Spooks on Screen
As the nights draw in, the leaves turn red and gold with a chill wind easing them from the branches to provide a rainbow carpet below, and so we move into the Haunting Season. It is the time of Hallowe’en, when all the ghosts and long-legged beasties come out to taunt us poor mortals – taunt us and worse. The term is short for All Hallows’ Eve, which is the 31 October, the night before All Saints’ Day. The festival was Celtic in origin but was taken over by the Christian church and first called ‘Hallowe’en’ in the sixteenth century. Traditionally it was believed that the souls of the departed wandered the earth until All Saints’ Day with All Hallows’ Eve providing the last chance for the dead to gain vengeance on their enemies before moving on to the next world. Now it is the time for taking pleasure in a gruesome cache of scary stories. The encroaching winter seems an ideal moment to indulge in some vicarious hauntings.
It is true to say that most famous authors, especially those writing in the nineteenth century and the early part of the twentieth century, have, at one time or another, penned a ghost story. From Thomas Hardy to Charles Dickens and from Robert Louis Stevenson to Arthur Conan Doyle et al have created tales guaranteed to chill. And, of course, some of these stories have been taken up by film and television producers to bring them to the screen. Dramatising a spooky tale with its insidious chilling elements is no easy task and there have been as many failures as there have been successes. But when the adaptations work well, the result is gruesomely satisfying.
For me one of the most effective transitions from page to screen is the film version of M. R. James’ short story ‘The Casting of the Runes’. Originally written in 1911, the story concerns Edward Dunning, a researcher for the British Museum, who through his critical writings has decried the claims of a Mr Karswell, a self-appointed alchemist and occultist and as a result prompted him to take supernatural revenge. Dunning learns that another critic of Karswell died in a freak accident and then discovers that Karswell has cursed both men by surreptitiously passing them a piece of paper bearing magical runes which spell out their death sentence. To save his life, Dunning must return the paper to its owner.
The movie version, known as Night of the Demon and Curse of the Demon (1958), updates the story and gives the role of the hero to the American actor Dana Andrews. The film introduces extra elements that do not appear in the original story, including the medieval demon of the title, but it all works effectively and moves the narrative from being a strange, unsettling spook tale to an out and out thriller.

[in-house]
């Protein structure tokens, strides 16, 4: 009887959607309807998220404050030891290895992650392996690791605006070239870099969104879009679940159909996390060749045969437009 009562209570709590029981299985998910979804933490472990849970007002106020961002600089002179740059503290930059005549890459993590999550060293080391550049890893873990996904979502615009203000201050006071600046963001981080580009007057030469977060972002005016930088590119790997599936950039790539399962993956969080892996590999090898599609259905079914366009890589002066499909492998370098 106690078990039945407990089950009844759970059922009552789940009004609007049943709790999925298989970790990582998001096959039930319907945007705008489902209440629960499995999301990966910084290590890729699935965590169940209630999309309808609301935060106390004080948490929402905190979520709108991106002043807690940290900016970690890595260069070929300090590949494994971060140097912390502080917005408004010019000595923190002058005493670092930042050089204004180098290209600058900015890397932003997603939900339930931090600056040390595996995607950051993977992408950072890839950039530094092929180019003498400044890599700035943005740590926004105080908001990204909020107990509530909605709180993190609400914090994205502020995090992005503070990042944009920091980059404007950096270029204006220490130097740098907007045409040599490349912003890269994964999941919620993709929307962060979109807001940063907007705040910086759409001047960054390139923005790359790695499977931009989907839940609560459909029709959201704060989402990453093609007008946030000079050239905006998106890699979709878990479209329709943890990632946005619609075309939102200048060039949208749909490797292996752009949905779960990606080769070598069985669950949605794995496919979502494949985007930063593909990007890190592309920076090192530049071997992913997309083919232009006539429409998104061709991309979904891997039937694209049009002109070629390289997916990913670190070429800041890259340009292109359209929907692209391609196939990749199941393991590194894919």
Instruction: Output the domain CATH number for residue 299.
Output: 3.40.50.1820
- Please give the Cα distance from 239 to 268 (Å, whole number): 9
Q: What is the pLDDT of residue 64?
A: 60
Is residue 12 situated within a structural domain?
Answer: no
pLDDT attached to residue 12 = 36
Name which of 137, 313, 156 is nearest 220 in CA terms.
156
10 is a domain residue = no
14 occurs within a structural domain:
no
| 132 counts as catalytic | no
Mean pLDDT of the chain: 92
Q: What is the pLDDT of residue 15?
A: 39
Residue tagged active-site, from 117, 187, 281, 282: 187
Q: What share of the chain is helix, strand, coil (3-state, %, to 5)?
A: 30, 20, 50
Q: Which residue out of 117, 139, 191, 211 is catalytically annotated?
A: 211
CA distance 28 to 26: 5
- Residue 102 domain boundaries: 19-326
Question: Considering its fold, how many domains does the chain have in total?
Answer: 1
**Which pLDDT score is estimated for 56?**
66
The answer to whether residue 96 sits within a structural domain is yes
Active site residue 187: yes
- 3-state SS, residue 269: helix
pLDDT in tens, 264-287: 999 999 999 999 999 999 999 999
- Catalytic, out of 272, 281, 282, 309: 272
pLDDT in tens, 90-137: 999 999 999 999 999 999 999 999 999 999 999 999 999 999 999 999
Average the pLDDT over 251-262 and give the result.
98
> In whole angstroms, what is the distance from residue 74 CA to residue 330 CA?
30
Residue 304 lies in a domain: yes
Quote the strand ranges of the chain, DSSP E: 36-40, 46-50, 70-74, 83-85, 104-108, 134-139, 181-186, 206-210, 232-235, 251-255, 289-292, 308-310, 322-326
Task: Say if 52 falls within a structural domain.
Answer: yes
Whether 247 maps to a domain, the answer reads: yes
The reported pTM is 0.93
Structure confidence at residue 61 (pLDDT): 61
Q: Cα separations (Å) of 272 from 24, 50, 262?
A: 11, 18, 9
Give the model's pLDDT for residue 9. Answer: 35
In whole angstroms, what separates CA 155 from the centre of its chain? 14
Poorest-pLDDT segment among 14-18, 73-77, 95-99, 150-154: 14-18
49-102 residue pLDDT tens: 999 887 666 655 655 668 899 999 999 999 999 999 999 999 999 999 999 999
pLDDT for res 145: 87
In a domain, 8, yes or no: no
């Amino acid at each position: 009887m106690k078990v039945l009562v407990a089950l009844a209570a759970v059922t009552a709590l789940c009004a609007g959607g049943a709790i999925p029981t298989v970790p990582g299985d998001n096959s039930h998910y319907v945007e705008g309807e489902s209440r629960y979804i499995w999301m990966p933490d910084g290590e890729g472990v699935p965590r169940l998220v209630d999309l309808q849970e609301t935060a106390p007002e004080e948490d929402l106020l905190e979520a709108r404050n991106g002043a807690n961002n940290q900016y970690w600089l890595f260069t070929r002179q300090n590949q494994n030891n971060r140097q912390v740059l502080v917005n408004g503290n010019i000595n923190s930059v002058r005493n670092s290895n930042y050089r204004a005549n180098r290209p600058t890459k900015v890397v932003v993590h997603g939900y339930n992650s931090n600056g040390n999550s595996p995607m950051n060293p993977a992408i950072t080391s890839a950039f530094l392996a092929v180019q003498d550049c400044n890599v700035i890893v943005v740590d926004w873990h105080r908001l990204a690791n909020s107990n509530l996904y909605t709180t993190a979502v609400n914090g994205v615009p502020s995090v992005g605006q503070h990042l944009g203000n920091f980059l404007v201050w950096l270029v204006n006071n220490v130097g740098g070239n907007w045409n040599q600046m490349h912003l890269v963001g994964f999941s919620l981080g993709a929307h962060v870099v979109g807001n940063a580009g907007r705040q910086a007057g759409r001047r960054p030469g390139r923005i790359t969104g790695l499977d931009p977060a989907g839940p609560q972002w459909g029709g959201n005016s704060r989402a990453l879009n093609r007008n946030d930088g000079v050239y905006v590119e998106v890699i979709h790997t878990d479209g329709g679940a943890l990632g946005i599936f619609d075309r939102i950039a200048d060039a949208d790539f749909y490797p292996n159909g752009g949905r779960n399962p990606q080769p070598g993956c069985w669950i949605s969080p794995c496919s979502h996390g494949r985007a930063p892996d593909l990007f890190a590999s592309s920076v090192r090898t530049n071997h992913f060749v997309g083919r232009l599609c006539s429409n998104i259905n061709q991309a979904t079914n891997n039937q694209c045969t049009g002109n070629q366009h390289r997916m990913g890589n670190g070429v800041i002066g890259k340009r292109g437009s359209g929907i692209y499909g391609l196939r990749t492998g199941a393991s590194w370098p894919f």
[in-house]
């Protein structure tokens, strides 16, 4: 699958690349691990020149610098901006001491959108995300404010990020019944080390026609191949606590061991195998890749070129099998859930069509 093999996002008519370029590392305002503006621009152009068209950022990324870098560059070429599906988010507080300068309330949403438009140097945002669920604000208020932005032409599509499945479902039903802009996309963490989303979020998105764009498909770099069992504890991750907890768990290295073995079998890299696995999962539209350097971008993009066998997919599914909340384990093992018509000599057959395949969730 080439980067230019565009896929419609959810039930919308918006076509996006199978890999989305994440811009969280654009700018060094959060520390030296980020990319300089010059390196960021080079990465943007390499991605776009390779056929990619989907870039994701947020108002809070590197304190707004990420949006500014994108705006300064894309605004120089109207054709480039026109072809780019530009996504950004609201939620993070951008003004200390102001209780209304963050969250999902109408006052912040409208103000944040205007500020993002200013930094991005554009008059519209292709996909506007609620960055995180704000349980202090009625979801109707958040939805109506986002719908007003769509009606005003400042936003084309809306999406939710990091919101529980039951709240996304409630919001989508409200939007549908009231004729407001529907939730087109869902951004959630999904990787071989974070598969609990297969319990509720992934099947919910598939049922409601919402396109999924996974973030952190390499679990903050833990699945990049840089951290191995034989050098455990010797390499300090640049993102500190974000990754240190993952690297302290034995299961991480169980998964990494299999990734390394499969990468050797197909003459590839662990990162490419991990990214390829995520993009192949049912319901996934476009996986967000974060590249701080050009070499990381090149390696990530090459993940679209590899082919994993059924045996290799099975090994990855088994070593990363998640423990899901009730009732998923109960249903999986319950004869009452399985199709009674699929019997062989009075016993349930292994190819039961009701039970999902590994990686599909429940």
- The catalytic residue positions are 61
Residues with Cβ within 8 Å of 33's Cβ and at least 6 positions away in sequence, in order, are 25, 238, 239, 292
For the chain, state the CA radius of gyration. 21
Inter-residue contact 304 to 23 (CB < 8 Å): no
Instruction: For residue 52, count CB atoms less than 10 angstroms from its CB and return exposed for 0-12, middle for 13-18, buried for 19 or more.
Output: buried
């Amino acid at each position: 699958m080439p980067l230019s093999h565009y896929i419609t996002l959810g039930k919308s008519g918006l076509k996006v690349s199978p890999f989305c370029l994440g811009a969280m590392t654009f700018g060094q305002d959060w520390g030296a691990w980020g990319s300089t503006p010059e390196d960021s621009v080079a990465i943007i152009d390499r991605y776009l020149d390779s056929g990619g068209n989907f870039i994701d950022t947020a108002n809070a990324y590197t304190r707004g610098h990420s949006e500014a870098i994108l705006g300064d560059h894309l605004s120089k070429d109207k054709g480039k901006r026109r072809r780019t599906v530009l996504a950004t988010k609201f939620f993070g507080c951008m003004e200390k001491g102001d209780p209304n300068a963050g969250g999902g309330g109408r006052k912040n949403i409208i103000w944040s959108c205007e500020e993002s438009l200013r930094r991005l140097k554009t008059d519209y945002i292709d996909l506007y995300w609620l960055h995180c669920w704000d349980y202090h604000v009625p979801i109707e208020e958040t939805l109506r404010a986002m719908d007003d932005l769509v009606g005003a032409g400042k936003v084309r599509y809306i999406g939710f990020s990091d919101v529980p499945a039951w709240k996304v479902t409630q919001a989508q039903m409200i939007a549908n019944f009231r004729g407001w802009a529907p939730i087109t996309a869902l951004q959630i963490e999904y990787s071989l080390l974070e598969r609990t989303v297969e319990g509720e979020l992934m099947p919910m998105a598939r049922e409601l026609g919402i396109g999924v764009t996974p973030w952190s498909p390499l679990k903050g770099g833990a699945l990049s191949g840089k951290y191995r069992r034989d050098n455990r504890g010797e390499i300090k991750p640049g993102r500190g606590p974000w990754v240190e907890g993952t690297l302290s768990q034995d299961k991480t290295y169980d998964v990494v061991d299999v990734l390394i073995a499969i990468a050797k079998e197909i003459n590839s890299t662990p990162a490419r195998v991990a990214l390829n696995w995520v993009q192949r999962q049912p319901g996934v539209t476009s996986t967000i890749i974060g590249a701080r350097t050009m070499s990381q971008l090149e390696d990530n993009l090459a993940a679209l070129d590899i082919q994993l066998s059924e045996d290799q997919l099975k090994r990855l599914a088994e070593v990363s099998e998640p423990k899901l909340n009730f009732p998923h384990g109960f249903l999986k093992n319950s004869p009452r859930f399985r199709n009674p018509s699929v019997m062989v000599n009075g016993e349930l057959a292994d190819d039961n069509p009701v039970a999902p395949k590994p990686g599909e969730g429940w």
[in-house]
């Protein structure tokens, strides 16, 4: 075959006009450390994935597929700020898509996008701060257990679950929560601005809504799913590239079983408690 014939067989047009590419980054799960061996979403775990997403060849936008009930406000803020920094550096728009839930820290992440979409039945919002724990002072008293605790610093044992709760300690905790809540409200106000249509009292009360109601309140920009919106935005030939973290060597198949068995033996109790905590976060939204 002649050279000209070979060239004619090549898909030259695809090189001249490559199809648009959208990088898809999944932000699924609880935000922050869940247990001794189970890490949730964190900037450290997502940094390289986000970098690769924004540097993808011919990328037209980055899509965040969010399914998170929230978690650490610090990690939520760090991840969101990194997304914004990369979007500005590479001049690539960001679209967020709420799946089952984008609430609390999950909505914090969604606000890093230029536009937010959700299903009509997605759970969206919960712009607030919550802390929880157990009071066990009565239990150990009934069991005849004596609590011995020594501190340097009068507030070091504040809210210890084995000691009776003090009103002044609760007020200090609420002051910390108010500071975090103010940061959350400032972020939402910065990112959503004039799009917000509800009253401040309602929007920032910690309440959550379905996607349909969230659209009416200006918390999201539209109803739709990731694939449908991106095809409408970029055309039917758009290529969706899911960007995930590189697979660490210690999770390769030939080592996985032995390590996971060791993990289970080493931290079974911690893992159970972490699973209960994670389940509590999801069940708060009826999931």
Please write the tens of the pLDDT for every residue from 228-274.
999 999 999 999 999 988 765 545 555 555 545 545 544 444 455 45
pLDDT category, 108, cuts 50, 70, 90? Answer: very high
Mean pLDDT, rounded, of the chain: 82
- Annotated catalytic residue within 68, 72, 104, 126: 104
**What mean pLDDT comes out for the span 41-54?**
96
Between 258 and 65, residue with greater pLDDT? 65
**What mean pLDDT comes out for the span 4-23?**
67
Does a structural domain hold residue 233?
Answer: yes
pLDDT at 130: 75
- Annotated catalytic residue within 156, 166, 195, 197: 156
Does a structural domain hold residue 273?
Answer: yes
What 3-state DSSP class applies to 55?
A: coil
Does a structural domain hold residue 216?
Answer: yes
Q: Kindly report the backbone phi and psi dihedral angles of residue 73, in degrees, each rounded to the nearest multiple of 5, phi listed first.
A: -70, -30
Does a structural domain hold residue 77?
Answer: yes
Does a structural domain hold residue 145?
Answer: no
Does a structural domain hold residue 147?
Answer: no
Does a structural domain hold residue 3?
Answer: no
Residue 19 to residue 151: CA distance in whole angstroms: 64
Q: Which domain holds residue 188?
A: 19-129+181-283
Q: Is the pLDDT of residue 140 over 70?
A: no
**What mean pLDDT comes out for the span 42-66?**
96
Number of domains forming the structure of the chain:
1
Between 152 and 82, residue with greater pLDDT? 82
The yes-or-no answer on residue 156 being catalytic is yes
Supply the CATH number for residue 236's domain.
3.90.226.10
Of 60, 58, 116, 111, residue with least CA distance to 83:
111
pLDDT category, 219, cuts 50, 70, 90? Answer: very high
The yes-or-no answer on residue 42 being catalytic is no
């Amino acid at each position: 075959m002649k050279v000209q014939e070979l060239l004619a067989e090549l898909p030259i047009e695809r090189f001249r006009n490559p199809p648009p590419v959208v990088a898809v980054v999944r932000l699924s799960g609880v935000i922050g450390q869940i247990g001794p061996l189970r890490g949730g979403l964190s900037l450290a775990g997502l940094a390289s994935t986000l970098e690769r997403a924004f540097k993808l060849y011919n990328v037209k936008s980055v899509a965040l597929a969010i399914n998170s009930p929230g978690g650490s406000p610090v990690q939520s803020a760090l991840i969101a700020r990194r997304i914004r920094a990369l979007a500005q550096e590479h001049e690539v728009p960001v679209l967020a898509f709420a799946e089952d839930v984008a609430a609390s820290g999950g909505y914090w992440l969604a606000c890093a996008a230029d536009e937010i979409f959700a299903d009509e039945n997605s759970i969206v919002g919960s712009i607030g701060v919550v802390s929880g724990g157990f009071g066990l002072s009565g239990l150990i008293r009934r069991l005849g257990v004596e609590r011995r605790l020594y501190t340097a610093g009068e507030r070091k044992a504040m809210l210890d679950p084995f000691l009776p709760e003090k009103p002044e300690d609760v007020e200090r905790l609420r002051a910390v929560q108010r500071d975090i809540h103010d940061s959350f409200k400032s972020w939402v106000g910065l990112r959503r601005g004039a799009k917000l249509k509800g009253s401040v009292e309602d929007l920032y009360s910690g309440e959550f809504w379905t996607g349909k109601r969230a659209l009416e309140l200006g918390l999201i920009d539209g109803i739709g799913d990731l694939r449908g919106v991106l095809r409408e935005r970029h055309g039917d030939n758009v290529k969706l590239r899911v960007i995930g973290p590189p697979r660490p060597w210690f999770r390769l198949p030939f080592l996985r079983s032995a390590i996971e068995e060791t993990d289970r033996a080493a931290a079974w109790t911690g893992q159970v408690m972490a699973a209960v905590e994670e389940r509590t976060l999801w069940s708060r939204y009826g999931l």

Another great film to emerge from a Victorian ghost story is The Innocents (1961) based on The Turn of the Screw by Henry James, whose novella is very sophisticated and sexually charged, elements which are translated most effectively in the film. The plot concerns the appointment of Miss Giddons as governess to two young children, Flora and Miles, at a lonely country house on a large estate. Instantly Miss Giddons senses a strange atmosphere in the house, and she soon grows disturbed by the children’s occasional odd behaviour and is bothered by the disembodied voices of a man and woman whom she eventually deduces are the voices of Quint and Miss Jessell, deceased employees at the house. Unsure of her own sanity, Miss Giddons comes to believe that the ghosts of the two dead servants are attempting to possess the bodies of the children. The film, like the book, is an unsettling slow burner and both provide a number of heart-stopping moments.
Another novel that is set in a lonely house tainted by sprits of the past is The Haunting (1963) based on the famous novel The Haunting of Hill House by Shirley Jackson. Hill House has a tragic history and there have been many unexplained events that have taken place within its ancient walls. John Markway (Richard Johnson) decides to investigate, inviting three others to join him: a psychic; a woman who has experience poltergeist activity as a child; and the heir to the property. The dark spirits that dwell in the house do not take kindly to their presence. Both novel and movie are genuinely frightening.